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HomeNotícies2011 › Entrevista amb l'Ambaixador Anwarul K. Chowdhury: resolució 1325 sobre dones del CS, el DHP y la cultura de pau

Dijous 02 de juny de 2011

Entrevista amb l'Ambaixador Anwarul K. Chowdhury: resolució 1325 sobre dones del CS, el DHP y la cultura de pau

Peace x Peace, EUA, 3 Juny 2011

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La declaración de Luarca sobre el derecho humano a la paz Adhierete
Data publicació: 
Jue, 06/02/2011 ()

Ambassador Anwarul Chowdhury's initiative in March 2000 as the President of the UN Security Council achieved the political and conceptual breakthrough that led to the adoption of the ground breaking UN Security Council Resolution 1325 on Women, Peace and Security.

Interview - Anwarul K. Chowdhury:
Ambassador at Large for Women, Development, and Peace

In a long and distinguished diplomatic career, Bangladesh Ambassador Anwarul Chowdhury has been a tireless advocate for peace, women, children, and the poorest segment of humanity (a UN recognized category that now includes 48 countries). He served as Bangladesh’s Permanent Ambassador to the UN and Ambassador to Chile, Nicaragua, Peru and Venezuela, as well as its High Commissioner to the Bahamas and Guyana. Between 1996 and 2001, Amb. Chowdhury served as President of the Security Council, President of the United Nations Children’s Fund (UNICEF), Executive Board, and Vice-President of the Economic and Social Council (ECOSOC). His initiative in March 2000 as the President of the Security Council achieved the political and conceptual breakthrough that led to the adoption of the ground breaking UN Security Council Resolution 1325 on women, peace and security. From 2002 to 2007, he served as Under-Secretary-General and High Representative of the UN for the most vulnerable countries.

Earlier he launched a pioneering UN initiative on the culture of peace and chaired the nine-month-long negotiations that led the General Assembly to adopt, in September 1999, the Declaration and Programme of Action on a Culture of Peace, followed by the UN-proclaimed International Decade for Culture of Peace and Non-violence for the Children of the World (2001-2010). He established in 1997 and coordinated the Friends of Microcredit at the United Nations, a group of more than 50 Ambassadors to the UN. He was also an early advocate for concerted attention to climate change, highlighting the challenges faced by his own country as well as the most vulnerable small island countries. Among other honors, Ambassador Chowdhury has received the U Thant Peace Award, the UNESCO Gandhi Gold Medal for Culture of Peace, and the Spirit of the UN Award.

Interview performed by Peace x Peace at http://www.peacexpeace.org/2011/06/men-we-love-building-a-culture-of-peace/

Ambassador Chowdhury, what inspired you to choose diplomacy as a career and to work for peace?

As a child I had no particular idea about that. I was just curious to know many things, curious to know many people. I love people. It was when I graduated from the university that I felt very strongly that a worthwhile opportunity to serve my country would be to join the diplomatic service. The freedom struggle and the birth of Bangladesh coincided with my young adult years, and the new government sent me to the United Nations as its advocate. I was closely involved in the negotiations from 1972 to 1974 that secured Security Council approval for Bangladesh’s full membership in the United Nations. It was one of the impoverished countries in the world, buffeted by war and natural disasters, and it needed international understanding and support.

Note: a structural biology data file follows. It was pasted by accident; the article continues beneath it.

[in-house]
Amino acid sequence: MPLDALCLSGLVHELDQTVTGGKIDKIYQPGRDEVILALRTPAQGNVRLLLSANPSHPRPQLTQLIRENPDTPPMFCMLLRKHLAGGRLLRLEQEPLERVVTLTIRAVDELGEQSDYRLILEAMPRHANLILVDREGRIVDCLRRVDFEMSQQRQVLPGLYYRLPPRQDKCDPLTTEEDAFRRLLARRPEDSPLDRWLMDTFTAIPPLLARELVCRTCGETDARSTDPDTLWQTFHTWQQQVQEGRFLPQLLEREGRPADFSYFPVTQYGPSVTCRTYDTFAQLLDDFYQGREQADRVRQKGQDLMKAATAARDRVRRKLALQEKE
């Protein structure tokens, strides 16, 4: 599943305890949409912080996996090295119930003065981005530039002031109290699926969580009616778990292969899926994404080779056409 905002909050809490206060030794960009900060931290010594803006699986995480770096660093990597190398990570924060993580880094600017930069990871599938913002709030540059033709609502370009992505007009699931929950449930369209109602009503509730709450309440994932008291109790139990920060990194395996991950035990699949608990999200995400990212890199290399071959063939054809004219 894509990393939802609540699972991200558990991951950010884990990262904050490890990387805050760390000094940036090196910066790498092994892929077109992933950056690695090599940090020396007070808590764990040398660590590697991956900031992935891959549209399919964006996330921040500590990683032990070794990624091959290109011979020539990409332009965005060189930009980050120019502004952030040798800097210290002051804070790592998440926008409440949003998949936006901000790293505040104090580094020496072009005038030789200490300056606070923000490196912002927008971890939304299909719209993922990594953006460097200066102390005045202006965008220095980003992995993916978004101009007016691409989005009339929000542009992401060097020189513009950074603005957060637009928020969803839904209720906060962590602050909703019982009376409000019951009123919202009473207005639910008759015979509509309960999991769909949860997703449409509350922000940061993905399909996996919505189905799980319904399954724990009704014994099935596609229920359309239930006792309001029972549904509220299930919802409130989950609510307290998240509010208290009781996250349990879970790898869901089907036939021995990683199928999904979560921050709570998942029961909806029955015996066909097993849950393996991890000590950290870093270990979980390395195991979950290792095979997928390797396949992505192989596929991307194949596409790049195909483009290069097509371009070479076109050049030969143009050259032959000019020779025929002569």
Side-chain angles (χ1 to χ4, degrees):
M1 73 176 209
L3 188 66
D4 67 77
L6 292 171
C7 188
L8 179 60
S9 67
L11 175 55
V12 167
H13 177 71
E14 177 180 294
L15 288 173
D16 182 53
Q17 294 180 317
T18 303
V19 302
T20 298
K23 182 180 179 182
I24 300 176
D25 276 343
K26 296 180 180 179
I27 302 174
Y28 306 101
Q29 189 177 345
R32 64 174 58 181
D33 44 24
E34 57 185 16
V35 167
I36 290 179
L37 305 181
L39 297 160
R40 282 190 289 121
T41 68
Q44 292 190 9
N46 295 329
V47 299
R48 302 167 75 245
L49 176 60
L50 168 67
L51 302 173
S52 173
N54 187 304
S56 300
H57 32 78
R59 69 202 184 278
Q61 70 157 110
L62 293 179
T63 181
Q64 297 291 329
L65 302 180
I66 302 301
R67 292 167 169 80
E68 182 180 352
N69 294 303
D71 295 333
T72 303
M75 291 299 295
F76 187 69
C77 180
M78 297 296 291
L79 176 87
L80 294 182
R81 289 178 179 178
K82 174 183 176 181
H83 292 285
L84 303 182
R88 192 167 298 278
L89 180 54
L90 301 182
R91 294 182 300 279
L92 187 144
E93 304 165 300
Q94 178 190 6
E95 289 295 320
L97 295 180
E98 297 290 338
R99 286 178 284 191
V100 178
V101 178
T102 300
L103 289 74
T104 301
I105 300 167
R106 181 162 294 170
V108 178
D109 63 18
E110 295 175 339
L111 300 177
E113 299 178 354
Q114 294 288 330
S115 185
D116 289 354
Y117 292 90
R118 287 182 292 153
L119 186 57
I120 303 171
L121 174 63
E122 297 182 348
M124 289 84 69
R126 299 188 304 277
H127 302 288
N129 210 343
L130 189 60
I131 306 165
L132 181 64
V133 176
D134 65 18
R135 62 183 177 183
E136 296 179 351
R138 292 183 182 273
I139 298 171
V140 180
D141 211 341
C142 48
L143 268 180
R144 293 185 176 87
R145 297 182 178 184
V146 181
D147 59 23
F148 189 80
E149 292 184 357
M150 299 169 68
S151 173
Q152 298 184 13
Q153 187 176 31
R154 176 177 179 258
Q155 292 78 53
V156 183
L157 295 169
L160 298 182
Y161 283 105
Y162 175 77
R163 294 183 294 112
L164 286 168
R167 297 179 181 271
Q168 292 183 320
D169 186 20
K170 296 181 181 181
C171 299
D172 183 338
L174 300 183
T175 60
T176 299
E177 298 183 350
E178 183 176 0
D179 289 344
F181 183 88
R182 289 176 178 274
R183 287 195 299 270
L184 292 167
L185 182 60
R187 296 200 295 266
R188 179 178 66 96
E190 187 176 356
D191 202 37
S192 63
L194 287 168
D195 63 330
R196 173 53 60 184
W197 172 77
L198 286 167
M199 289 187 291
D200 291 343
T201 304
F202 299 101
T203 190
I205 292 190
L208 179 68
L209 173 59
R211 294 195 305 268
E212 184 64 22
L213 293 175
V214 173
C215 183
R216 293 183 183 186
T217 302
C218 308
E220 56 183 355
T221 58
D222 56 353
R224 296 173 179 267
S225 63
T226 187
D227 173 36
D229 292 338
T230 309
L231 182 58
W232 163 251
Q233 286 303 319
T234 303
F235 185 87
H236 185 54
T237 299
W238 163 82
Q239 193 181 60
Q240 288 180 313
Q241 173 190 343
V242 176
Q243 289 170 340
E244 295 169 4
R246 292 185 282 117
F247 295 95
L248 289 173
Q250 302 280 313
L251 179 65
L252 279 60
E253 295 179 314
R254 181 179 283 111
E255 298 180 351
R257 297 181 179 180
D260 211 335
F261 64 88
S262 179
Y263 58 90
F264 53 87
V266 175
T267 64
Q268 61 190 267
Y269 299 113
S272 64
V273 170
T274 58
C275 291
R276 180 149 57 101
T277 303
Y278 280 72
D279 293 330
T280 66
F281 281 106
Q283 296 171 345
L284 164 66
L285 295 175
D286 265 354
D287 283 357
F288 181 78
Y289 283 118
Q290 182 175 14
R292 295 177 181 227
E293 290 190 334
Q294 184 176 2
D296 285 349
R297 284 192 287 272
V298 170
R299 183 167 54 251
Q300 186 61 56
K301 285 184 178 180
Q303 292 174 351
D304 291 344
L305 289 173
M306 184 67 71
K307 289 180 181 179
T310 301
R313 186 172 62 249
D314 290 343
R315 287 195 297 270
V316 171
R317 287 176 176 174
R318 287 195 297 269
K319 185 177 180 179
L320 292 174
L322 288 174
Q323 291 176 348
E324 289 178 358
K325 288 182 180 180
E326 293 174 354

How did you become sensitized to the issues that have engaged you over the years?

Three things shaped me with regard to issues of peace, equality and rights. One is my parents, my mother and my father. I admire them both very much. The second is the freedom struggle for Bangladesh, and the third is the nature and environment of my land. All these together have a profound and ever-lasting imprint on me.

Tell me what you mean by a culture of peace.

As the UN Declaration on a Culture of Peace emphasizes, peace not only is the absence of conflict, but also requires a positive, dynamic participatory process where dialogue is encouraged and conflicts are solved in a spirit of mutual understanding and cooperation. I believe the flourishing of the culture of peace and nonviolence will generate a mindset that is the prerequisite for the transition from force to reason, from conflict and violence to dialogue and peace. It will provide the bedrock to support a stable, progressing, and prospering world―a world that is at peace with itself.

To be truly globally oriented, today’s leadership needs to ensure that the relevance of nonviolence, tolerance, and democracy is inculcated in every woman and man, children and adults alike. I believe very earnestly that nonviolence can only truly flourish in a culture of peace, when the world is free of poverty, hunger, discrimination, exclusion, intolerance and hatred – when women and men can realize their highest potential and live a secure and fulfilling life.

I believe that peace and solidarity are not possible in the real sense unless and until each and every one of us contributes collectively and individually in building the culture of peace and nonviolence in our own lives. The leadership for peace and solidarity needs to focus on empowering the individual so that each one of us becomes individually an agent of peace and nonviolence. I will not have the credibility to aspire for world peace if I am myself not a true believer and reflector of peace and nonviolence in my own life.

As Mahatma Gandhi has said, “Nonviolence is not a garment to be put on and off at will. Its seat is in the heart, and it must be an inseparable part of our very being.” Without individual commitment, global peace and solidarity is not possible, and is even meaningless. We have to succeed together, or together we shall perish.